M.S.: I first experienced Cassavetes’ films as a student, and that changed a lot in me. That’s still with me in a way, the idea that drama can be about middle-class issues, not a huge political story. He made it legitimate to tell your own stories. Jane Campion’s The Piano was the first movie where I really felt there was a difference [with a female director]. The way that she dealt with female sexuality, that was something very raw and honest. And right now, I love Kore-eda’s Shoplifters. I also find Maren Ade being an interesting voice as a director.

But I’m into literature just as much as films. For instance with Elena Ferrante, what part of humanity does she show which is so different and feels so unique and true that so many men and women can relate to it?

You’re married to another filmmaker [Hans Petter Moland], do you think you influence each other’s work?

M.S.: Obviously, we can’t work together; we support each other and we mirror each other a lot. We make very different work. Sometimes, we have similar tastes, but we also differ a lot in terms of tastes, leading to endless discussions.

What do you hope the audience experience of Hope will be?

M.S.: You experience things as an audience on so many levels. I wanted this movie to be something you can feel in your gut and make it a physical experience. There is an enormous drive in the movie; it’s pacey. There’s not a lot of time to contemplate while you are watching it… As a result, the audience will not be left in peace, but hopefully given a wake-up call. It offers an opportunity to reflect on the choices they make in their own lives. When the film is over.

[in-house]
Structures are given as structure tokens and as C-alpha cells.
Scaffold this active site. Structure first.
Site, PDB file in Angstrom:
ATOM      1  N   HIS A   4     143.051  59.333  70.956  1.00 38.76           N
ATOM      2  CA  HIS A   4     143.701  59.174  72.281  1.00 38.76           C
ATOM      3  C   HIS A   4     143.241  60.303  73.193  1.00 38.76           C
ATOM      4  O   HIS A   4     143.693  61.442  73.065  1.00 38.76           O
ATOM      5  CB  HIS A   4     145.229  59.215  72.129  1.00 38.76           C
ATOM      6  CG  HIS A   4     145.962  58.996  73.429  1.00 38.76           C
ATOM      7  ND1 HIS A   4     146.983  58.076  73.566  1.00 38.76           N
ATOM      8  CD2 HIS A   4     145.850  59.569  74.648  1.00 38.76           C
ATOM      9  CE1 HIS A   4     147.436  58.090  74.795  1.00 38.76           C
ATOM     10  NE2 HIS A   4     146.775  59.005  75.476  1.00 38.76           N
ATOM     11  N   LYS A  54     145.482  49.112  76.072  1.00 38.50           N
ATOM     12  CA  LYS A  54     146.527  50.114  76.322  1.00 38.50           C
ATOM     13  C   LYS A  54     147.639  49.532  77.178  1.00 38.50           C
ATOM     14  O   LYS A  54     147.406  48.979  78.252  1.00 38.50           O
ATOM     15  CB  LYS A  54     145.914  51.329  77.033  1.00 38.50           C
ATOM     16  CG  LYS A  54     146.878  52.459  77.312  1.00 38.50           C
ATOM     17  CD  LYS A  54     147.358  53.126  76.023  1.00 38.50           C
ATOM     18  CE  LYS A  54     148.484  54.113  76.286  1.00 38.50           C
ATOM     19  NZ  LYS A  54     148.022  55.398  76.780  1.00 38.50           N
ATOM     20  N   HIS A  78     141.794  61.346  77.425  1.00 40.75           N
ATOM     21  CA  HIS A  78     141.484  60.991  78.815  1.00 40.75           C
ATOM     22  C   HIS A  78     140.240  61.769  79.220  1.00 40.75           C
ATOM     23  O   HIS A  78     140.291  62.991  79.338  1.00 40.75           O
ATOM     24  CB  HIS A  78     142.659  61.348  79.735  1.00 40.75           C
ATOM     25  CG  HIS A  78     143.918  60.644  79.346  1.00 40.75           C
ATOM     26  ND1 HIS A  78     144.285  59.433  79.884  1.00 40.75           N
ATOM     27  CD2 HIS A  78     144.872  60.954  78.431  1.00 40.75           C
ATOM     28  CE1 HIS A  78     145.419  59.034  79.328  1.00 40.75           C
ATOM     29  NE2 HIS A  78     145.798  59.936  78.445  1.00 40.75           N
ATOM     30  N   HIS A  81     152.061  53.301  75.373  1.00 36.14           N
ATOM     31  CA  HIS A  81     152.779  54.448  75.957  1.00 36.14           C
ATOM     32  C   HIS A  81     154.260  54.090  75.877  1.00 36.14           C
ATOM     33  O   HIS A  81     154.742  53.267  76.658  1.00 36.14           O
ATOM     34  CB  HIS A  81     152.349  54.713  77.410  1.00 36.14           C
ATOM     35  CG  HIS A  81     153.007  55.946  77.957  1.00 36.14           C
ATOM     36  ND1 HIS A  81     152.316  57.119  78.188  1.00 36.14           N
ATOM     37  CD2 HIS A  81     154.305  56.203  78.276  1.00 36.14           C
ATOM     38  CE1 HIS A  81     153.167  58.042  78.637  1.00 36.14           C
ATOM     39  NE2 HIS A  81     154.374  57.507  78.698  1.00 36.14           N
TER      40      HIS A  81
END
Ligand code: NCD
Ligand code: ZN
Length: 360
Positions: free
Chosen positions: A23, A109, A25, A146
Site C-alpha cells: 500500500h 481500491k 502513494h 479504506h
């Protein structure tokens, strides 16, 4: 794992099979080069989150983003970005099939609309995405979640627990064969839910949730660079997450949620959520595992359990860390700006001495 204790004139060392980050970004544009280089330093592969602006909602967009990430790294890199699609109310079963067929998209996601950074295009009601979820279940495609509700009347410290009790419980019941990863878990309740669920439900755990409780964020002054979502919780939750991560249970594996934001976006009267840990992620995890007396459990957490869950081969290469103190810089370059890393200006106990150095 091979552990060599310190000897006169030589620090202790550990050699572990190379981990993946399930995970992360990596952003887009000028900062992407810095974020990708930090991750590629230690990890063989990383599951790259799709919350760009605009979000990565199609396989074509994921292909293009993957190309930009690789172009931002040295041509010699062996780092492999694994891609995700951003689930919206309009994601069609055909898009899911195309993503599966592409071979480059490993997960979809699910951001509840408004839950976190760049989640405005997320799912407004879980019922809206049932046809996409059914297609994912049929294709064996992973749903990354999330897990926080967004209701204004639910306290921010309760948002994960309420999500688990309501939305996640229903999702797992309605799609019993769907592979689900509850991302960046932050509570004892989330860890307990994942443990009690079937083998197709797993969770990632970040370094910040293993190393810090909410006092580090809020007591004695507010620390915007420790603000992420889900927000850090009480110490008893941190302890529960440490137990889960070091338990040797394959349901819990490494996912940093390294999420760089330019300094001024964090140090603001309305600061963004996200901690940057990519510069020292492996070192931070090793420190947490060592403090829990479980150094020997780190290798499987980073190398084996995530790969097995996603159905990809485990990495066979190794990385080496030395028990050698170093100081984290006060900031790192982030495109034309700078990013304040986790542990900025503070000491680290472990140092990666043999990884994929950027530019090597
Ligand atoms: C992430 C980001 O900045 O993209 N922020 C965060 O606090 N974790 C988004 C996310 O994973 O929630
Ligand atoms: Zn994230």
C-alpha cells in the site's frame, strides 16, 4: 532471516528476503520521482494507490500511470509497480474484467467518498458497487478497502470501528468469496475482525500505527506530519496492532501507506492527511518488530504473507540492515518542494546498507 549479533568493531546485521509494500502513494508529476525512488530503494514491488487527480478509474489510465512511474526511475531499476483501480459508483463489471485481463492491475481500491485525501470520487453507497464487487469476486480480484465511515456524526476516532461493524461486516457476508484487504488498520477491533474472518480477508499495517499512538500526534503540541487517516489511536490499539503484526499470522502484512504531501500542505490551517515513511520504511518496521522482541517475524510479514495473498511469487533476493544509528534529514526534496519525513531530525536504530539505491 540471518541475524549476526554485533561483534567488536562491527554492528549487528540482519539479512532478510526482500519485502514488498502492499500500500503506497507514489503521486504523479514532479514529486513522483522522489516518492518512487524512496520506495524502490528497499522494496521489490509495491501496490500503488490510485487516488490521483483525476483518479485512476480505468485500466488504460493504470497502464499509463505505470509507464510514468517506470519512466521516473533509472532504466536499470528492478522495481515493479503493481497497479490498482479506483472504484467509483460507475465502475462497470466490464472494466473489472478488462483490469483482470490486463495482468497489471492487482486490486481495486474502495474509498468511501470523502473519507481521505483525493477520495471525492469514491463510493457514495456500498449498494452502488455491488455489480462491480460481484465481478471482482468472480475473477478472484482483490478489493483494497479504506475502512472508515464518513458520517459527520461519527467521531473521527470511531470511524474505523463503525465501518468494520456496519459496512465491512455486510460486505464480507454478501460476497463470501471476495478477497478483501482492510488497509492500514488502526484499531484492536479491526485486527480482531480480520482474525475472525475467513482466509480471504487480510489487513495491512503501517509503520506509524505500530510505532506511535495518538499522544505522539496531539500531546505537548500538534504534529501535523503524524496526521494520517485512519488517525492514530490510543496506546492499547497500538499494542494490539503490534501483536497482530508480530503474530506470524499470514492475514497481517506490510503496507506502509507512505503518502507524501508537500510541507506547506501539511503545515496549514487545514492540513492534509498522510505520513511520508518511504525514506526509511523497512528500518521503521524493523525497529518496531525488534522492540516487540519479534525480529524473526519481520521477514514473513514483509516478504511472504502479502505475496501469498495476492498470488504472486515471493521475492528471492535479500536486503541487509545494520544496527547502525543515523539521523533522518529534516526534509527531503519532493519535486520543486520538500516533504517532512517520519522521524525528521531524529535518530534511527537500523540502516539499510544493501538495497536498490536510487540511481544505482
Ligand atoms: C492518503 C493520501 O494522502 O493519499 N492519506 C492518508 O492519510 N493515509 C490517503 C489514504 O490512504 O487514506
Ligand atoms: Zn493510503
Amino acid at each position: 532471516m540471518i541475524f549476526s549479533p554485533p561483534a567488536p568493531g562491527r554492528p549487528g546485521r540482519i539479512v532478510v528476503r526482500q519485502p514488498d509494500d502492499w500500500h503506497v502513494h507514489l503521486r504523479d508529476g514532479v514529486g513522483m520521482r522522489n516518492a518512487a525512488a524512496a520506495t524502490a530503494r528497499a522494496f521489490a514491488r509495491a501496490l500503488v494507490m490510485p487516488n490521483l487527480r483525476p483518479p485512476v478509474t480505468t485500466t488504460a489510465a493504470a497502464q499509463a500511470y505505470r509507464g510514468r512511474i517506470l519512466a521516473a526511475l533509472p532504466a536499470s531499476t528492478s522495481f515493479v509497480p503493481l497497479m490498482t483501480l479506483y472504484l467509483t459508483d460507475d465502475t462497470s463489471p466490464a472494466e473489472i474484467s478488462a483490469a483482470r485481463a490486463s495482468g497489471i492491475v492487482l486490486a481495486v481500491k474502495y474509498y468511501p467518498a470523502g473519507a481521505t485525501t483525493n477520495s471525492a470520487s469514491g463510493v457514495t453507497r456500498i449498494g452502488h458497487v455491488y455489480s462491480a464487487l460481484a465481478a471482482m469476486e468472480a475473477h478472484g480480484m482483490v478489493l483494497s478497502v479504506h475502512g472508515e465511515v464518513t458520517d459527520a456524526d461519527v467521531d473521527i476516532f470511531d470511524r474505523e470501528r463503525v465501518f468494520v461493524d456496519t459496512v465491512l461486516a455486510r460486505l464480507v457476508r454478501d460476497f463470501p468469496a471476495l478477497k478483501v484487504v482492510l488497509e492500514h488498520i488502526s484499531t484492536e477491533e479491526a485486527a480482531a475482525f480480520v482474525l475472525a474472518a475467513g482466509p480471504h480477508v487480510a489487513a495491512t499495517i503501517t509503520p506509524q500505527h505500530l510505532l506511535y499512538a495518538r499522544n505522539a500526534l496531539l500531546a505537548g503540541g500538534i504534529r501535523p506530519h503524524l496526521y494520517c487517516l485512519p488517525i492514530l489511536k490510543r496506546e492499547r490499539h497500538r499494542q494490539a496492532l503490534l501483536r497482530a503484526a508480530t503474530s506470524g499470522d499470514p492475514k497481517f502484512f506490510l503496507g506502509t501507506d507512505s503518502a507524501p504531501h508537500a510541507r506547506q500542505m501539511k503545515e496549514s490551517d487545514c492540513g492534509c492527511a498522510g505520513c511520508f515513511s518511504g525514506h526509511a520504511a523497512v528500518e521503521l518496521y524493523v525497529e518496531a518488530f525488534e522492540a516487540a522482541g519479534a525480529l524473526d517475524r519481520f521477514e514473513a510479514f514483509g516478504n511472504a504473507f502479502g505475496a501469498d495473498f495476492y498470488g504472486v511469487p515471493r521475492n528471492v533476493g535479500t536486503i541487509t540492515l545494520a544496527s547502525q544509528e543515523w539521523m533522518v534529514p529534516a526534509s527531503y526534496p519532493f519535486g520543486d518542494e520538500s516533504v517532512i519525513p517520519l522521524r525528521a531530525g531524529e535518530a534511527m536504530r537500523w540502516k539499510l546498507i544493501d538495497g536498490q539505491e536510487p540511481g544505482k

What might be next? How can you follow this up?

M.S.: Maybe not a cancer movie. I’ve been thinking quite a lot about who is making movies about elderly people. I’m curious about what it’s like pushing eighty in our days, a fascination which might become a future story to tell.

First, my new project with the working title Man Watching deals with the painful challenges of being in your early twenties. When it’s all about searching for your identity. When naiveté and overweening confidence dominate. A phase of life I want to explore through a young European girl’s “educational journey” to Mexico. While travelling alone and meeting strangers, she finds herself experimenting on many levels, among her experiments is reinventing her own persona. She encounters situations that bring opportunities for incredible growth and devastating failure, losing grip of who she is.

The idea came about by reflecting on how young people move around today in a globalized world, compared to my own experience as a traveler in the mid-‘80s. I always subscribe to the idea, and the importance of “going out there”, both to get to know your own roots and in order to find out who you are.

It seems I have a project going on portraying women in their different stages of life.

 

 

Photo credit: Agnete Brun